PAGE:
Syllabus

Course Meeting Times

Lectures: 1 session / week, 3 hours / session

Nature and Purpose of the Course

The course focuses on the role of marketing as creating value for customers. Emphasis is placed on creating and capturing value, identifying customer needs and understanding purchasing processes, forming target segments, positioning the product, and managing brand equity. Topics to be covered include advertising and communicating the product, distributing the product, pricing the product and market research. In addition, the course will focus on electronic commerce and the Internet.

We will use cases, discussions, readings, guest speakers and a computer simulation to provide a mix of theory and hands-on problem solving to a variety of marketing issues. In order to move through managerially relevant material, it is assumed that students have a basic understanding of statistics (e.g., mean, variance, correlation) and economics (e.g., marginal cost, marginal revenue, elasticity).

The course is designed to be an introduction to the theory and application of marketing.

Course Materials

The course draws upon a Reading Packet containing cases, required readings, and background readings. There is no required textbook for this course. For a basic textbook on marketing, including marketing terms, examples, and a general taxonomy of issues we recommend: Armstrong, Gary, and Philip Kotler. Marketing: An Introduction. 6th ed. Paramus, NJ: Prentice Hall, 2002. ISBN: 0130351334.

Course Projects, Tasks, and Grading

The course is organized so that each class revolves around a case discussion and a theory discussion. Copies of the slides for the theory discussions will be available on the  lecture notes page.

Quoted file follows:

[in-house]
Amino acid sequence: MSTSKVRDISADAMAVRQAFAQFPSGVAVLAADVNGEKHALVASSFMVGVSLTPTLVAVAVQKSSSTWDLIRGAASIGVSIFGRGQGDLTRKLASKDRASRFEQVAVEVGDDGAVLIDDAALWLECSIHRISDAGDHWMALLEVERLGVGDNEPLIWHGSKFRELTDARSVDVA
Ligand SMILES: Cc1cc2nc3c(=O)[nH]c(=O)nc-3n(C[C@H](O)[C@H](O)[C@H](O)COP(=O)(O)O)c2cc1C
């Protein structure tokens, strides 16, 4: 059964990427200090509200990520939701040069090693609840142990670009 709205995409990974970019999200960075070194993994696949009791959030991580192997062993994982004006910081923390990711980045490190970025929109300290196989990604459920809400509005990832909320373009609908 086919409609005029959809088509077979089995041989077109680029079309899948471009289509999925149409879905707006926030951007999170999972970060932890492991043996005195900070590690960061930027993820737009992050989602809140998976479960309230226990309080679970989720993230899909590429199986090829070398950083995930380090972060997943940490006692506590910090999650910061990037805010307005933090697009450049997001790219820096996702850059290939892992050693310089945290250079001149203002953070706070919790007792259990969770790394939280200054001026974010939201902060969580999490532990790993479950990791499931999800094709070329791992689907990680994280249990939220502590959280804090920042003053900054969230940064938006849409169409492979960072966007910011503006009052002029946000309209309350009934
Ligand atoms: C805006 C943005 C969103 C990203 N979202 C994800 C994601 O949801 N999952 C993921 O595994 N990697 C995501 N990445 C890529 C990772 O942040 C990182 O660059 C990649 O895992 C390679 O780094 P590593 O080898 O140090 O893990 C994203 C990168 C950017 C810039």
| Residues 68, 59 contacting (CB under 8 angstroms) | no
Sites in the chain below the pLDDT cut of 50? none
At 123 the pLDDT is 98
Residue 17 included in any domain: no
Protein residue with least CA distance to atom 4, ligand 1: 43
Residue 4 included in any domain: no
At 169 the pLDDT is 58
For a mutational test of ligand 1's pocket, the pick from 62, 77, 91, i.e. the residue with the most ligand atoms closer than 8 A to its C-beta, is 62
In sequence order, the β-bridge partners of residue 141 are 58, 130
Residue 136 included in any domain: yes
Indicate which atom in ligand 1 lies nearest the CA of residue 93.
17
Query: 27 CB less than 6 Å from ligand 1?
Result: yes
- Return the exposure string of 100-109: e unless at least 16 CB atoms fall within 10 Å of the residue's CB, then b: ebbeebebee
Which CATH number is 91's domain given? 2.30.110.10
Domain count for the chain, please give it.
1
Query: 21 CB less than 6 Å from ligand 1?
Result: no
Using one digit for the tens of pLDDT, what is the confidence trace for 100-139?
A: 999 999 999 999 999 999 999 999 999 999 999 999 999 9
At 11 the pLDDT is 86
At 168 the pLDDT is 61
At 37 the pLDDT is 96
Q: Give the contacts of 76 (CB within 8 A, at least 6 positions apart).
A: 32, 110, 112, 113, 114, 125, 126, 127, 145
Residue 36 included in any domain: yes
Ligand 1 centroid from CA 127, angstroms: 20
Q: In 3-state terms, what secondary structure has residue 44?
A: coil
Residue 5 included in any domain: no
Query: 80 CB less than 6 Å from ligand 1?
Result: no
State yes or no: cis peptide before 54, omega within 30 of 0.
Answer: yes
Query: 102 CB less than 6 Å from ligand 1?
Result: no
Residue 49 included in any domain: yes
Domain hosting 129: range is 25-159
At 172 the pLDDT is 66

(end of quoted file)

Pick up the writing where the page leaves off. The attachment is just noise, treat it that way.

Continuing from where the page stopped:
During the semester students are asked to:

  • Participate in active discussion during class.
  • Demonstrate understanding of the weekly case by pointing out three of its major concepts. This should be done prior to each case discussion, and submitted to the Instructors via email.
  • In groups of three or four analyze, improve, and test one advertisement (newspaper, radio, magazine, TV, Internet, etc). In this project you will be asked to use what you have learned in the class to provide a detailed analysis of an ad in terms of target audience, the benefits it provides and the way it works (think about an ad as a tool and describe its function). Based on your analysis, suggest an improved version of the ad and test the new ad on the appropriate target customers to see if indeed it is better. Note this is a fuzzy task and the parameters are not well specified, which is true about most aspects of life. Submit a short paper (up to 10 pages) and prepare a 5-minute presentation for class.